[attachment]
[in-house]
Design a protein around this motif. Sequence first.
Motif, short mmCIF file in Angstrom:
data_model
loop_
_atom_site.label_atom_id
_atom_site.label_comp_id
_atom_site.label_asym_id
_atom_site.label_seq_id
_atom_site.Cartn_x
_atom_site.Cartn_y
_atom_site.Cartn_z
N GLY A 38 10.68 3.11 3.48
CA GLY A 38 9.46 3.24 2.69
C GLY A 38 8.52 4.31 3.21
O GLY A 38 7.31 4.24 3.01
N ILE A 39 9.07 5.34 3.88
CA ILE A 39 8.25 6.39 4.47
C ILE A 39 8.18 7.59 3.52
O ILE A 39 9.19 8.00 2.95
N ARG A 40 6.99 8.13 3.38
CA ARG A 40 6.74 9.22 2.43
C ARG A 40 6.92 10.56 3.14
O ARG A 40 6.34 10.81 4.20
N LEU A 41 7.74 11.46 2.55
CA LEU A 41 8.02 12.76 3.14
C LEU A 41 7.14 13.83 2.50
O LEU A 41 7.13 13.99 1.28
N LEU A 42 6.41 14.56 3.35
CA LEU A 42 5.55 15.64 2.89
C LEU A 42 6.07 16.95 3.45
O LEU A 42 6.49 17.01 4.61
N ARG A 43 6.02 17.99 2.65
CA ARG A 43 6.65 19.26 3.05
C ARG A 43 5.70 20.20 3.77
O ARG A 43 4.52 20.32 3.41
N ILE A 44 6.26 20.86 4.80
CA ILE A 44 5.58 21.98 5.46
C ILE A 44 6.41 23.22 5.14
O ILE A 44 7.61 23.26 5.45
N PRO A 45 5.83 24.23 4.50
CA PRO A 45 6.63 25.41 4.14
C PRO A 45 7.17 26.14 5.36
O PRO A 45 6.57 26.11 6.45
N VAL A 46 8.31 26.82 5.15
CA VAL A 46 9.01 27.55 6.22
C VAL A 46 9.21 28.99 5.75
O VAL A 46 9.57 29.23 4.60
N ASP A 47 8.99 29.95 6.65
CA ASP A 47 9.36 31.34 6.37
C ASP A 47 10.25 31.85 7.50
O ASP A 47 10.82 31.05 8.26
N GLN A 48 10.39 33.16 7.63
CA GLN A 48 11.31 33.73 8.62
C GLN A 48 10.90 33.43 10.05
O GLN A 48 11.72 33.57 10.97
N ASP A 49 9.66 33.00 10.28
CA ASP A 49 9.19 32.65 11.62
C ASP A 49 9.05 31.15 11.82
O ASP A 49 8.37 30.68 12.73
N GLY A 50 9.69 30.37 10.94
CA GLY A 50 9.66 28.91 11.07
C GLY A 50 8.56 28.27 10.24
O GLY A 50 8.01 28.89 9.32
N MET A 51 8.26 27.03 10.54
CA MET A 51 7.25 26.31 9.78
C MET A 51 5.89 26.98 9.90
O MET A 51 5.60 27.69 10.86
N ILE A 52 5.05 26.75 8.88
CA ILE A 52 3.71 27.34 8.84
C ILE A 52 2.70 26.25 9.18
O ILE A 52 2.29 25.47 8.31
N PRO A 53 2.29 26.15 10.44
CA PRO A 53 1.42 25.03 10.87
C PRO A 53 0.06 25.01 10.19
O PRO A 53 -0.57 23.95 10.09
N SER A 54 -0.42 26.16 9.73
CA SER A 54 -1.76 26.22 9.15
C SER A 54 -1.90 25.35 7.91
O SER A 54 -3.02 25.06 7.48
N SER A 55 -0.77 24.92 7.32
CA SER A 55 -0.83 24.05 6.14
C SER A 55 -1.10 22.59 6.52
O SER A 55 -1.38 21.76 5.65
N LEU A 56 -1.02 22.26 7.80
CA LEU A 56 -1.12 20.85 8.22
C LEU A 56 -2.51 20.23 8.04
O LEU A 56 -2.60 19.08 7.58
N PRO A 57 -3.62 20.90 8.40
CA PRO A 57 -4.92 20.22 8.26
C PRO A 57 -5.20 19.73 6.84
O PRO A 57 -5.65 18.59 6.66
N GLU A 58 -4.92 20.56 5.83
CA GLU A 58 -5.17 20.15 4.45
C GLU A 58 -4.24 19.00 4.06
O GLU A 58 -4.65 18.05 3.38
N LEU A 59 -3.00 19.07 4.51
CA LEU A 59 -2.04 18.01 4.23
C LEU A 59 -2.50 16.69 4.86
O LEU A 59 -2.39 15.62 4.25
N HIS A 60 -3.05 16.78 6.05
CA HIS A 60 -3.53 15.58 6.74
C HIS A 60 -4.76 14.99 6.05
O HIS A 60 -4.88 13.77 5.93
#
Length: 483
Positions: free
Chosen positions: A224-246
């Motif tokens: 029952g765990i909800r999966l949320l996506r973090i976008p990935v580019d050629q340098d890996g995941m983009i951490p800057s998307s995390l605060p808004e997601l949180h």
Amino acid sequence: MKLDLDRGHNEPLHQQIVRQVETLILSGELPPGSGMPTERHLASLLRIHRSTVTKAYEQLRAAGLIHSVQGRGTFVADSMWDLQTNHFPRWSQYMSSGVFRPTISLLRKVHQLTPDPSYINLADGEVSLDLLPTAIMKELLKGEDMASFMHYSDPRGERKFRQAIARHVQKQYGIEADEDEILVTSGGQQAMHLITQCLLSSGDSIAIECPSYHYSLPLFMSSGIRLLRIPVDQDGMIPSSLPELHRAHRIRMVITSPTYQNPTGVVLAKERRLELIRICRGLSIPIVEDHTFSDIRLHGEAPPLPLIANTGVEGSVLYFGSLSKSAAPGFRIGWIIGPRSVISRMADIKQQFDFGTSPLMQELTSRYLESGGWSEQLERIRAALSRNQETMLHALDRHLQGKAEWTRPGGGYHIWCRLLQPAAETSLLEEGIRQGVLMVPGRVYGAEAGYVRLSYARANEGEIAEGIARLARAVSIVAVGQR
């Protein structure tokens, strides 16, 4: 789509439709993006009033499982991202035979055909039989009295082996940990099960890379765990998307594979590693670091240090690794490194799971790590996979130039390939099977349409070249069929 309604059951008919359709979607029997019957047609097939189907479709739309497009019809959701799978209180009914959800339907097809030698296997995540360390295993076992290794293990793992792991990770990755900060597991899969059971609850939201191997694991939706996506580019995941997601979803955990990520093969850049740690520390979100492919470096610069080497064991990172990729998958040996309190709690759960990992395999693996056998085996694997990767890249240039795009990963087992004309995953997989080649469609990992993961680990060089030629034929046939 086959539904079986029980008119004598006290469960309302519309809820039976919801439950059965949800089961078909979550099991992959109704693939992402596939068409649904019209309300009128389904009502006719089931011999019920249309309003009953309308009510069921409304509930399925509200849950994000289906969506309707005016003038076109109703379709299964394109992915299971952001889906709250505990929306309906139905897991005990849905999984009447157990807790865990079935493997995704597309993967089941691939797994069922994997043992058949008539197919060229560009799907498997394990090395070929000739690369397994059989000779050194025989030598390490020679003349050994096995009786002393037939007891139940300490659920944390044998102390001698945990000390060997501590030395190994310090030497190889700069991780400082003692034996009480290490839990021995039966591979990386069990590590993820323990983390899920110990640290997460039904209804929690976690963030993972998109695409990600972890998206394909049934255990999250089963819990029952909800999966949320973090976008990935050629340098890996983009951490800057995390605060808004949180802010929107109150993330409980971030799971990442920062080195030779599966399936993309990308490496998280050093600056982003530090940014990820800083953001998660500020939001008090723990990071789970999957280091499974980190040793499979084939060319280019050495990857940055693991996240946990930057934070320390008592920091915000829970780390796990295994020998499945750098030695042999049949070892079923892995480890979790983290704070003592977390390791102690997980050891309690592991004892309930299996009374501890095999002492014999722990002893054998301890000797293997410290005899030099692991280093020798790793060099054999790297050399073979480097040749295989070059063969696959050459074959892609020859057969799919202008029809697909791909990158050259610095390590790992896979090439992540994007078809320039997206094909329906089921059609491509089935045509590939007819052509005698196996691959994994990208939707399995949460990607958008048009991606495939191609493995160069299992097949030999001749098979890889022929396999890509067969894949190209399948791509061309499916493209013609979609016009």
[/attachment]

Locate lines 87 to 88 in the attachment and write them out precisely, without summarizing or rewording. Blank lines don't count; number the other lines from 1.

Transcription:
C LEU A 56 -2.51 20.23 8.04
O LEU A 56 -2.60 19.08 7.58